The Bar Council of India (BCI) Monday declared that lawyers all over the country will not attend court on March 31, in protest against the proposed changes in the Advocates Act, 1961 – which governs the conduct of lawyers. Calling it draconian and anti-lawyer, the BCI took a firm stand that it will oppose any proposed change that takes away lawyers’ right to strike and penalises those who skip appearance in court during a strike.
The BCI also said it will take up its objections to the changes with the government. The council’s stand is a turnaround from the recommendation by its president, Manan Mishra, to the Law Commission of India that lawyers who indulge in unjustified strikes should be fined and have their licences suspended. However, following protests in front of his office on March 23, Mishra had promised lawyers that he would take back his recommendation.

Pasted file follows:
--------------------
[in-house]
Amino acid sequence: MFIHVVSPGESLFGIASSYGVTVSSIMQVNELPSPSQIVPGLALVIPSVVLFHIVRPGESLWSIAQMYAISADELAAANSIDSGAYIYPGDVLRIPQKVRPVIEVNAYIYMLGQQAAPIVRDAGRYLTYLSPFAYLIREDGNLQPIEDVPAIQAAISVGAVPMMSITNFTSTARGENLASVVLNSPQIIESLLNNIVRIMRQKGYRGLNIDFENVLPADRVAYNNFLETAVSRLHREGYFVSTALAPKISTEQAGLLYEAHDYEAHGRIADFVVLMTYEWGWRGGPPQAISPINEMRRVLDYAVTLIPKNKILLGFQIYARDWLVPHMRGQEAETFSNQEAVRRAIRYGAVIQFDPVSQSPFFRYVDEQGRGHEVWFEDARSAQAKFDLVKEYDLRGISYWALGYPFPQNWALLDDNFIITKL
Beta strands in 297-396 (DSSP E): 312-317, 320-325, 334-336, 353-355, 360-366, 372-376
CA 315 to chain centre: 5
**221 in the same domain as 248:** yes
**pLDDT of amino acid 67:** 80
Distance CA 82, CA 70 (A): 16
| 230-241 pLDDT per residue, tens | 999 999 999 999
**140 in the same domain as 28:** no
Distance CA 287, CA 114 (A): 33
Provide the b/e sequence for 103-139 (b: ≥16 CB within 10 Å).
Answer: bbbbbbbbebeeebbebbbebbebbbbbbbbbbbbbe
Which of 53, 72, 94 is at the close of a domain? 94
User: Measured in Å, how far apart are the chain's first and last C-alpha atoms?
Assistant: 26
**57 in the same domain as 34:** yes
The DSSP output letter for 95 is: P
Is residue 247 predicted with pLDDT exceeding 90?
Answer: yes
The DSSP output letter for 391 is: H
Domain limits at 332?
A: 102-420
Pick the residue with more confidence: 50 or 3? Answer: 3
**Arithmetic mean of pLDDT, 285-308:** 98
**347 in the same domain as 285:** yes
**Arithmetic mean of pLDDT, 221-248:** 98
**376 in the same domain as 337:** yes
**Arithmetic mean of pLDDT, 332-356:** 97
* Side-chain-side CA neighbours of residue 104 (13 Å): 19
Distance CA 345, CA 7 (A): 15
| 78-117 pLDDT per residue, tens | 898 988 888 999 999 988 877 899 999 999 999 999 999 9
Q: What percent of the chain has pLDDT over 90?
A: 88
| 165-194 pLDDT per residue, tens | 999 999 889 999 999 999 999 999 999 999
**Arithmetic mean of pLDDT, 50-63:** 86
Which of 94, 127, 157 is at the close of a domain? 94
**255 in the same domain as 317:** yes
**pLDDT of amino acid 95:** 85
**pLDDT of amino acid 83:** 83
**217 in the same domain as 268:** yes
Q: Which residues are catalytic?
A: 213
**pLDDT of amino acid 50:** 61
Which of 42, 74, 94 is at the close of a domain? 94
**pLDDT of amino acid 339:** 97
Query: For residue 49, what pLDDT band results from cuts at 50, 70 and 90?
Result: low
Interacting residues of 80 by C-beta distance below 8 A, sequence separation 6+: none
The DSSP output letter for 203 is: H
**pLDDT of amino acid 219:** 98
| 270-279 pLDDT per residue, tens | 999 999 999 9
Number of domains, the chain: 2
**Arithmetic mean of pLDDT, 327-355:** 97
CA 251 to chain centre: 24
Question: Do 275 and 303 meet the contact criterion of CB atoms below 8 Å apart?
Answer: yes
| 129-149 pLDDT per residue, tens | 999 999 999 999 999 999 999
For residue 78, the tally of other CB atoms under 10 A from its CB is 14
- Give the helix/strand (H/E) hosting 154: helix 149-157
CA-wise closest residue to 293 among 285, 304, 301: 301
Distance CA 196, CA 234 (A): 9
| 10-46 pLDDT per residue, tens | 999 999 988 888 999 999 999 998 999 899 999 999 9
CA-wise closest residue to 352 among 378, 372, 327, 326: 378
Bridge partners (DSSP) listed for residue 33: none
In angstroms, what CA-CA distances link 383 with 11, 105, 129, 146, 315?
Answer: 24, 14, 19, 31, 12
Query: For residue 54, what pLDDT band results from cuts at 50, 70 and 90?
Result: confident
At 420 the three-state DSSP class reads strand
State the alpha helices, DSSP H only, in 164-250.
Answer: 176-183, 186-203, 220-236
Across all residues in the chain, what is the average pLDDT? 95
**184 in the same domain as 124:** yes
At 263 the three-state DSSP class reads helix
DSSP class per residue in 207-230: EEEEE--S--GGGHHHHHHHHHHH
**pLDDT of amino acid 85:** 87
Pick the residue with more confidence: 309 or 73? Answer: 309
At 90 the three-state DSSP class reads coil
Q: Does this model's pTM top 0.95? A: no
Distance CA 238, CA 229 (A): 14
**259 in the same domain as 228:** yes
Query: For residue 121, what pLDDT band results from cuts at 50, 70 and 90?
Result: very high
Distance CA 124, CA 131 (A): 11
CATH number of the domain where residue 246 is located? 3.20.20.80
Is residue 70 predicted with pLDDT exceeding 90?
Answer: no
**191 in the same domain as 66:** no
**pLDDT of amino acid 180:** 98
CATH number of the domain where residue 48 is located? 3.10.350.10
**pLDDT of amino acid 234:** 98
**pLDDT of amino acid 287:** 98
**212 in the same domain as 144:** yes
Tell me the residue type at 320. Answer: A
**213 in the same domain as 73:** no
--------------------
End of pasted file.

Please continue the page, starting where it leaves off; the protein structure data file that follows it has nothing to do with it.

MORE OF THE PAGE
The Commission, under the instructions of the Supreme Court, is studying the necessary amendments that should be made to the Advocates Act. One of the changes it has suggested to the act is to debar lawyers and impose a fine on them if they abstain from work en masse.
“The commission has undermined the independence of the bar, and made a provision which could compel lawyers to face disciplinary proceedings before a disciplinary committee of five members, none of whom could be an advocate,” the BCI said.